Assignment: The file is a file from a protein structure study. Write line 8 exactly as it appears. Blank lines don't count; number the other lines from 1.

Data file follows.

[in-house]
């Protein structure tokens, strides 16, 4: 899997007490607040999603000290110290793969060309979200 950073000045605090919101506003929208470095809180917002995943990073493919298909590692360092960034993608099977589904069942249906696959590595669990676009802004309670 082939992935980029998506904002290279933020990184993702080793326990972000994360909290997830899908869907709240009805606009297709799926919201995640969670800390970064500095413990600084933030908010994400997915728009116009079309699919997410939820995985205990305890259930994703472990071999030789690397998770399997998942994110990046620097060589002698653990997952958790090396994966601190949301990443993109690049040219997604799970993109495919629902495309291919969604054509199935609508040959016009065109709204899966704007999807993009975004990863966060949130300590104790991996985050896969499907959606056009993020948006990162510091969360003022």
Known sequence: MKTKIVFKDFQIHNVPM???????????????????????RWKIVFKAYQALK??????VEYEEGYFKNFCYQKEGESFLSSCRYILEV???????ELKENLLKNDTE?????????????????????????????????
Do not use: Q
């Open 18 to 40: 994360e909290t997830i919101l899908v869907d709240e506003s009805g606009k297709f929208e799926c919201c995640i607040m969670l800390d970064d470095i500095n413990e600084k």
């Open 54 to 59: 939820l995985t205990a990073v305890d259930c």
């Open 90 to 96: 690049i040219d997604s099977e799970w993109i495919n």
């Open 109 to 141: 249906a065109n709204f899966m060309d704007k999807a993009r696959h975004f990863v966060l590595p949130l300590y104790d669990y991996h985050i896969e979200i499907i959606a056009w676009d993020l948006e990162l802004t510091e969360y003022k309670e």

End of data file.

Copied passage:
């Open 109 to 141: 249906a065109n709204f899966m060309d704007k999807a993009r696959h975004f990863v966060l590595p949130l300590y104790d669990y991996h985050i896969e979200i499907i959606a056009w676009d993020l948006e990162l802004t510091e969360y003022k309670e």